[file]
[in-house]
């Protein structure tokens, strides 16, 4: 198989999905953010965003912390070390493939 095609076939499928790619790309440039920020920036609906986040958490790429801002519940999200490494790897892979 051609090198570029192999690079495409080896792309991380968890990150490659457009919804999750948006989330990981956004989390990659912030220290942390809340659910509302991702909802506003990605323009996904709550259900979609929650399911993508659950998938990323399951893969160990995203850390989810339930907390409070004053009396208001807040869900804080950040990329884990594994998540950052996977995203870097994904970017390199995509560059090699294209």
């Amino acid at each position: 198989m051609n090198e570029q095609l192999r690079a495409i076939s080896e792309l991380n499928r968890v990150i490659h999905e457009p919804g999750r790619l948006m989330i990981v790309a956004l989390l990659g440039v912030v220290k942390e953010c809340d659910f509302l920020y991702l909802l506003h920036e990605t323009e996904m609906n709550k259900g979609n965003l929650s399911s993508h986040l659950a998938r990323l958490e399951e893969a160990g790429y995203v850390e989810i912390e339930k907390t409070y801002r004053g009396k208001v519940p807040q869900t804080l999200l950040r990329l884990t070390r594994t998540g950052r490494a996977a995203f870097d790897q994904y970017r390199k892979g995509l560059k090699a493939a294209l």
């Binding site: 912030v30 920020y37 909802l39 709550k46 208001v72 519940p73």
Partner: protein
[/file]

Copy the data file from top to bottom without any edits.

[in-house]
């Protein structure tokens, strides 16, 4: 198989999905953010965003912390070390493939 095609076939499928790619790309440039920020920036609906986040958490790429801002519940999200490494790897892979 051609090198570029192999690079495409080896792309991380968890990150490659457009919804999750948006989330990981956004989390990659912030220290942390809340659910509302991702909802506003990605323009996904709550259900979609929650399911993508659950998938990323399951893969160990995203850390989810339930907390409070004053009396208001807040869900804080950040990329884990594994998540950052996977995203870097994904970017390199995509560059090699294209």
């Amino acid at each position: 198989m051609n090198e570029q095609l192999r690079a495409i076939s080896e792309l991380n499928r968890v990150i490659h999905e457009p919804g999750r790619l948006m989330i990981v790309a956004l989390l990659g440039v912030v220290k942390e953010c809340d659910f509302l920020y991702l909802l506003h920036e990605t323009e996904m609906n709550k259900g979609n965003l929650s399911s993508h986040l659950a998938r990323l958490e399951e893969a160990g790429y995203v850390e989810i912390e339930k907390t409070y801002r004053g009396k208001v519940p807040q869900t804080l999200l950040r990329l884990t070390r594994t998540g950052r490494a996977a995203f870097d790897q994904y970017r390199k892979g995509l560059k090699a493939a294209l």
């Binding site: 912030v30 920020y37 909802l39 709550k46 208001v72 519940p73």
Partner: protein